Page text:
Whenever you get disheartened there is always good news if you look for it. I attend the annual dinner for Hope Not Hate, the anti-fascist, anti-racist charity with whom we’ve worked for many years. Founder Nick Lowles and his team do an incredible job tackling extremism, and run research and education projects that prevent the growth of hatred. We hear of one man who worked undercover in a far-right group for ten years and helped identify London nail bomber David Copeland. And I meet two wonderful women – Julie Siddiqi and Laura Marks – who have set up a group connecting Muslim and Jewish women.

Smashing the class ceiling

One recent evening I chaired a panel event entitled “Breaking the Class Ceiling. Has journalism become an industry for the elite?” No prizes for guessing the correct answer to that question – but a handsome reward to anyone who answers the next: “And what can be done about it?” According to the Social Mobility Foundation just 11 per cent of journalists are from “working class” backgrounds: 86 per cent of the industry is university educated, and 94 per cent is white. The Sutton Trust has reported that 43 of the UK’s 100 most influential journalists attended fee-paying schools. It’s a terrible situation – how on earth can we represent our country as a whole if we aren’t reflective of it? The Mirror tries hard to ensure we have a staff which, er, mirrors its readers. But we can always do more, and there is a huge amount of action the industry must take.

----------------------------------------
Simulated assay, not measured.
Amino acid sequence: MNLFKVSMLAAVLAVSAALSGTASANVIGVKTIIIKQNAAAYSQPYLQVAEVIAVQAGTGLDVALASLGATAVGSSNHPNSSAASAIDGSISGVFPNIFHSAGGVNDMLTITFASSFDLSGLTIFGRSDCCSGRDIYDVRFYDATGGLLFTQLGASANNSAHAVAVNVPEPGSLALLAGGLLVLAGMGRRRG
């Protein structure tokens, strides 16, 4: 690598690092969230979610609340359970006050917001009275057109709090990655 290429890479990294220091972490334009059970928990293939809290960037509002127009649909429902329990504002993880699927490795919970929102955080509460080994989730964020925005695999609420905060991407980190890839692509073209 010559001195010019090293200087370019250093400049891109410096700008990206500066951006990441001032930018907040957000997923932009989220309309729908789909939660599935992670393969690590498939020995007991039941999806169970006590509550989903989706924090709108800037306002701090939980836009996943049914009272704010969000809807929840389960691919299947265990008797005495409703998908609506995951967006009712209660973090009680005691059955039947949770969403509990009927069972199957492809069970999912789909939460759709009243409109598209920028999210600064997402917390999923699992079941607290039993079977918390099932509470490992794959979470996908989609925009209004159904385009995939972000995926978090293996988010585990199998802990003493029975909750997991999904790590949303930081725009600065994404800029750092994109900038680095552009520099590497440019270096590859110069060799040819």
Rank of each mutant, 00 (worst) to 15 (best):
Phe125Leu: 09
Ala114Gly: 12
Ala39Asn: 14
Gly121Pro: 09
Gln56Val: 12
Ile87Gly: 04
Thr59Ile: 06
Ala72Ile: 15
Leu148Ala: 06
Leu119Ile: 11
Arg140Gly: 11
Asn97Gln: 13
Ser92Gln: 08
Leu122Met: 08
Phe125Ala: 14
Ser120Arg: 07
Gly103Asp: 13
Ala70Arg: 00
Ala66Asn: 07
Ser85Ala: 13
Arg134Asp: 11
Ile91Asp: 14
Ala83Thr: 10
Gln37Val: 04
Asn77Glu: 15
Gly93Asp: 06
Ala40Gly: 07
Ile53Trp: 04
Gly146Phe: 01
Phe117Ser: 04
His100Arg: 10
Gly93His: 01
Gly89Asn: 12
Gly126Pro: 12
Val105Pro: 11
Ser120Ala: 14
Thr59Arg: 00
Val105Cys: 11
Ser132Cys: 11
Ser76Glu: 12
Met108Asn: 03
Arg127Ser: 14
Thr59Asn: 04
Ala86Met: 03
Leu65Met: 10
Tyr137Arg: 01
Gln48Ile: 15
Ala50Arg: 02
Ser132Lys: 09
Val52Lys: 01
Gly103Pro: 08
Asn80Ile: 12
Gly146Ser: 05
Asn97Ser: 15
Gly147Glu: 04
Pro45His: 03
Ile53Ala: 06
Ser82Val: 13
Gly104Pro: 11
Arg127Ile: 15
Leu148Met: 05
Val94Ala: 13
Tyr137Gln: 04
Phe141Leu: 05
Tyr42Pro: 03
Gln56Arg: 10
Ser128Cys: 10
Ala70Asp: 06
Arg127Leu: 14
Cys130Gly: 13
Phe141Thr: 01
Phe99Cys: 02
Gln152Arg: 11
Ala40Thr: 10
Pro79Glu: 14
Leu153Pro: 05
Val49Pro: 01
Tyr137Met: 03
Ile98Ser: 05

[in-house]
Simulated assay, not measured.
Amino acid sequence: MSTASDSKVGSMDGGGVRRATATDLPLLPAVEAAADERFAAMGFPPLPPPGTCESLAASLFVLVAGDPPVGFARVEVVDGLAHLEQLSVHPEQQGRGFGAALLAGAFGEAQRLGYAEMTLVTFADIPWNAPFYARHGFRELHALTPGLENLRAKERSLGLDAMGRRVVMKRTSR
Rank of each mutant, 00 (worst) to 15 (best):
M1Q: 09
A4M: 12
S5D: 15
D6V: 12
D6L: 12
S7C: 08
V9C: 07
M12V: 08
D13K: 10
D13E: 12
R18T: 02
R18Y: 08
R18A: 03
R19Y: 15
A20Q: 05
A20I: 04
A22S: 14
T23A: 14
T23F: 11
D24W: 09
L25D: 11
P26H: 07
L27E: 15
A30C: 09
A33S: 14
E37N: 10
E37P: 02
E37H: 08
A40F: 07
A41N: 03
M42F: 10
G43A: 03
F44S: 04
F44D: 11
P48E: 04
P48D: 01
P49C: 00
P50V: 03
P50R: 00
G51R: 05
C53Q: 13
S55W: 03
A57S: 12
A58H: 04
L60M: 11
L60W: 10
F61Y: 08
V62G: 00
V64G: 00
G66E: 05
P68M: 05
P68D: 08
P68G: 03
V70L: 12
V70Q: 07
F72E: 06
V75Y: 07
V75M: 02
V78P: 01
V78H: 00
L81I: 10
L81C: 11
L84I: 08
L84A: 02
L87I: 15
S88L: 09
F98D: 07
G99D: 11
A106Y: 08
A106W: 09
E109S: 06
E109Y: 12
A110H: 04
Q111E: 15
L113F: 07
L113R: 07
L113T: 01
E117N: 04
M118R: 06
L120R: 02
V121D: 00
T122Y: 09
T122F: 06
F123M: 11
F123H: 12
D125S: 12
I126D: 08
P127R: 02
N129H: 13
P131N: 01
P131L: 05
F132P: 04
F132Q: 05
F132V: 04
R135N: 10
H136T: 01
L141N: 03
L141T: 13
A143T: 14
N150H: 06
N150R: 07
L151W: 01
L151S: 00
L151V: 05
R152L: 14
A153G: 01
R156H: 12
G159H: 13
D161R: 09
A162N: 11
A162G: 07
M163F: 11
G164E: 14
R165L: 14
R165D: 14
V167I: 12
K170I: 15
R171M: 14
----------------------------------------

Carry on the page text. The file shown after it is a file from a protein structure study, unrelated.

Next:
Echoes of Attlee

It’s been manifesto week for the parties. We needed extra pages (fortunately advertising is good in the run-up to Christmas) to cover the myriad of Labour promises. And they seem to have gone down well with the readers – in Workington and elsewhere. From Penrith, John Bainbridge writes to me: “The Labour Party manifesto is the most inspired political document since the Attlee government in 1945, which gave us the NHS, new homes and proper employment.” Our readers, like the rest of the country, are split on Brexit. They’re pretty unanimous, however, on the threat they feel the Tories pose to the NHS and the public sector generally.

No 10 may push the view that Britain consists of two tribes; left wing urban establishment types who feed on falafel and New Statesman editorials, and “real people” who want their country back and blue. But the reality is different. We speak to the compassionate working masses every day. Even our readers who voted for Brexit (slightly less than half) tell us frequently they could never bring themselves to vote Tory.

A slightly grubby moment

I’ve been watching series three of The Crown, only to find that episode five focuses on a slightly grubby moment in Mirror history. The action centres on 1968 when Cecil King, then a director of the Bank of England and chairman of IPC, which owned the Mirror, conspires to bring down Harold Wilson’s government. The coup failed and King was out of a job. It’s a good time to remember the verdict of the Mirror’s then editor, Hugh Cudlipp, who’d opposed King. “The power of the Press is no greater than it should be,” he wrote. Ponder that on the bus home.

Alison Phillips is editor of the Daily Mirror

This article appears in the 29 November 2019 issue of the New Statesman, The English Question